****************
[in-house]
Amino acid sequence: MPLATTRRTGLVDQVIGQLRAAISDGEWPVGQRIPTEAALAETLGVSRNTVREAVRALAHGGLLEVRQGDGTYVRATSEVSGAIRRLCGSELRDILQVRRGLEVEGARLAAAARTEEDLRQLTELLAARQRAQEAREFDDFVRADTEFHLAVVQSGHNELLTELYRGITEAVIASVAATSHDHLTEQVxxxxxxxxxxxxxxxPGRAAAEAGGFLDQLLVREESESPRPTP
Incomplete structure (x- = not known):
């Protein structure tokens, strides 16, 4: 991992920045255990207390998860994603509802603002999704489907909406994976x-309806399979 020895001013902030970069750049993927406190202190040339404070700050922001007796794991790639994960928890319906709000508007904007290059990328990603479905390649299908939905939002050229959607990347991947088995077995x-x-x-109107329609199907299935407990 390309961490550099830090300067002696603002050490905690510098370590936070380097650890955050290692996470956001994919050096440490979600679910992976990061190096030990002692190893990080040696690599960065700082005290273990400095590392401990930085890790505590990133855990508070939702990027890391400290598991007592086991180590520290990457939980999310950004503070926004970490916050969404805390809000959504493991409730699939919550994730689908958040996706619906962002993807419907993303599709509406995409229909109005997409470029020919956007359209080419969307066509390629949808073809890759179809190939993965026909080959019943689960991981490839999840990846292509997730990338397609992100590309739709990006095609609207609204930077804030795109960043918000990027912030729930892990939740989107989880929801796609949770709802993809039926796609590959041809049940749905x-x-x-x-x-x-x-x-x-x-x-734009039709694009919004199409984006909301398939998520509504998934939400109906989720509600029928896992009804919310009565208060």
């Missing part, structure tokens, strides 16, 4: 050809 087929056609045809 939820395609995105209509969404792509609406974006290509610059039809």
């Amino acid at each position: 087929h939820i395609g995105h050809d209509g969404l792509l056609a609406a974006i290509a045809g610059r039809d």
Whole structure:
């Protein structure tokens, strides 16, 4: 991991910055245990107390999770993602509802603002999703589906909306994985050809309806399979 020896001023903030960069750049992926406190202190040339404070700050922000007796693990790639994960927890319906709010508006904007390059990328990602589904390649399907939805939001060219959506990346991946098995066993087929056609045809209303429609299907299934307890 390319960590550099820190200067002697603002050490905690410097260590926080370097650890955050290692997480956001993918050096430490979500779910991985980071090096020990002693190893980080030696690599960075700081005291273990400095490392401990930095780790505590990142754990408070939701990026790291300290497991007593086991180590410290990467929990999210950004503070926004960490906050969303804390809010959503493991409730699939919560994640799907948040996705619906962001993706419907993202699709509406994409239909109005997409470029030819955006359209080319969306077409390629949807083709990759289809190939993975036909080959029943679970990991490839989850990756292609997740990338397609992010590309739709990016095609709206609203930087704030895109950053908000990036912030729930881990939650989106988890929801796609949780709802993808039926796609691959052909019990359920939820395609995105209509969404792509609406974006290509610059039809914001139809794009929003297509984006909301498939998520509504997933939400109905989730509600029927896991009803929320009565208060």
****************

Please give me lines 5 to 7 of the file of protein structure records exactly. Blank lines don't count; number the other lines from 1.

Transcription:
């Missing part, structure tokens, strides 16, 4: 050809 087929056609045809 939820395609995105209509969404792509609406974006290509610059039809």
């Amino acid at each position: 087929h939820i395609g995105h050809d209509g969404l792509l056609a609406a974006i290509a045809g610059r039809d």
Whole structure: